When Abrams and Je nks reopened the store their idea was to recreate the home-town feel of an old general store by selling convenience store staples but also offer updated twists, such as homemade gourmet sandwiches, Friday pizza night, a selection of craft beers, a keg to draw cold-brewed coffee, local produce and seating with tables and Wi-Fi where people could come in and work on their laptops.

But with the exception of Friday pizza night and the craft beer, Abrams said, the mix of offerings did not attract the level of customers required. After a year, they cut the hours by opening later in the morning and closing earlier in the evening to save money, but that wasn’t enough to offset the losses.

Abrams said that part of the problem was that smaller stores are at a disadvantage because they cannot purchase supplies as cheaply as the large markets and therefore have to charge more. The higher prices are a disincentive, even if it means the inconvenience of traveling farther to big-box stores and supermarkets in West Lebanon and Claremont.

“People say they want to buy local but they don’t want to pay local prices,” Abrams said.

As an example, he pointed to a popular item in the Cornish General Store — the Black Angus steak tips.

At Market Basket, it sells for $4.99 per pound, “untrimmed with the grizzle,” Abrams noted.

Even though the steak tips he sells are trimmed of fat and marinated, “I couldn’t buy even the cheapest cut of meat for $4.99 per pound, which is scary,” he said.

Lynn Schad, of Cornish, who had stopped into the Cornish General Store on Monday afternoon to buy milk, beer, cheese and a newspaper, said she was distressed by the news of the store’s closing. She regularly shops at the store “at least a couple times a week” for “anything you might need at the last moment.”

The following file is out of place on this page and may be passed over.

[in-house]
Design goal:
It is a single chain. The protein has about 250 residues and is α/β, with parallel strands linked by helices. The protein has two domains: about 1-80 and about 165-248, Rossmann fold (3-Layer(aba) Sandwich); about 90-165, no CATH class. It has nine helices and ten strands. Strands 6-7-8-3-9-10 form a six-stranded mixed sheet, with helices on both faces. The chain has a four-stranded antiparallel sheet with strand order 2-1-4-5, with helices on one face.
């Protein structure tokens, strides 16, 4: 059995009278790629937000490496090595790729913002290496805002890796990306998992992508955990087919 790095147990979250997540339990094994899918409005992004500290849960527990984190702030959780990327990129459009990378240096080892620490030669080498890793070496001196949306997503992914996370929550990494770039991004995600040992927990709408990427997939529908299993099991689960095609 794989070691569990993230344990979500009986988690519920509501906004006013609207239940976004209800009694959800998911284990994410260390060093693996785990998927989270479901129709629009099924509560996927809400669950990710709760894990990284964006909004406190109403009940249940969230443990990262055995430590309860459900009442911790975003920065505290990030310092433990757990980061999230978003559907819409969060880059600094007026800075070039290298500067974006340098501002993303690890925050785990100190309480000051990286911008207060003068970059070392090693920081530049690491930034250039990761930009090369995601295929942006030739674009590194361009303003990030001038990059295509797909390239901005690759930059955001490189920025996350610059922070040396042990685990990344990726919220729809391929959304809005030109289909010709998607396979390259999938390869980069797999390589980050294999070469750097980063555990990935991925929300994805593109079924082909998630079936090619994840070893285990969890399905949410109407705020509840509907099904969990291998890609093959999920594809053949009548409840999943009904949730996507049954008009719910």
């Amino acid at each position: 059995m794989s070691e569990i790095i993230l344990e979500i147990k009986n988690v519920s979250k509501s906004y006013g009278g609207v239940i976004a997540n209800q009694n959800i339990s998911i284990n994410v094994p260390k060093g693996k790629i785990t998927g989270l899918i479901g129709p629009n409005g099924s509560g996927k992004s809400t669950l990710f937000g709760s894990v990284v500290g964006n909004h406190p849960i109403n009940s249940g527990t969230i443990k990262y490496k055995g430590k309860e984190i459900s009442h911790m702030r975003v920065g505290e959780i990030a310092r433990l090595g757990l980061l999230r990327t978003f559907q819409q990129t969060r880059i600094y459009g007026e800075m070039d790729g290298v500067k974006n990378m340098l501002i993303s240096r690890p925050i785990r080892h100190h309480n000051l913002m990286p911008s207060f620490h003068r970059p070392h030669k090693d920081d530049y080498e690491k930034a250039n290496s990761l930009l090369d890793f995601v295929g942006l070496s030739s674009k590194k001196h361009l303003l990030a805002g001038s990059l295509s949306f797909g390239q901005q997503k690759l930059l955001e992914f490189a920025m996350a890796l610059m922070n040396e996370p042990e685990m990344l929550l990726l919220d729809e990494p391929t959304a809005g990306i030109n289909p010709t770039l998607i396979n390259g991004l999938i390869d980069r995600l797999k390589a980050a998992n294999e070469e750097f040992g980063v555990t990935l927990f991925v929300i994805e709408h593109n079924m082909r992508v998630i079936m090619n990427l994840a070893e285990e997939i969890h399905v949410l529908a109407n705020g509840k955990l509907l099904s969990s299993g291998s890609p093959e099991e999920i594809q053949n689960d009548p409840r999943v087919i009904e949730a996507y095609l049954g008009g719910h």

“When the store came back to life we were so happy,” said Schad, who has lived in Cornish for 30 years, explaining that the store was always a reliable place to catch up with people and get the news.

“What do people want?” she said. “These kinds of places are so treasured,” but the store’s closing “is just a mark of the times.”

The store also faced stiff competition from the Meriden Deli-Mart, which reopened in 2009 and sells gas and is only 3½ miles north on Route 120.

For a brief time, the Cornish General Store again became the kind of community gathering place that Abrams and Jenks hoped to foster.

The Boy Scouts sold Christmas trees to raise money for their troop. A class of eighth-grade girls held a potluck dinner as a fundraiser for a class trip. The front porch would be decorated at Halloween for trick-or-treaters.

For Michelle Kerns, the manager, it’s the second closing of the store she has been through — Kerns has worked for three different owners dating back to 2006 and was working at the store when it closed in 2013. The store once did a steady business in selling grain and feed for animals, but people now go to Tractor Supply, she said.

“People need to come in more than once a month for a pound of coffee,” she said.

One factor hurting the Cornish General Store is that it didn’t sell gasoline (it did years earlier before the tanks were removed). Although gas itself is not a money-maker for convenience stores because they make only pennies on the gallon, the pumps nonetheless help to drive customers into the store when they are filling up their cars.

The closing again highlights the difficult time businesses are having in Cornish Flat. In 2015, Claremont Savings Bank closed its branch office there.

Abrams attributed the inability to make a profit to the town’s stagnant population level.

“There’s nothing being built,” he said. “That’s probably the biggest thing that killed it — the lack of growth in the town.”

In recent years some teetering general stores in the Upper Valley have been saved from closing by innovative arrangements.

The Barnard General Store, for example, closed in 2012 and then reopened a year later when community members banded together to raise money and form a nonprofit to buy the building, and new operators were brought in to run the store.

A similar model has been adopted with the Brownsville General Store, where a fundraising campaign bought the property from the bank after it closed and is now in the process of being renovated for a new operator.

John Lippman can be reached at

Valley News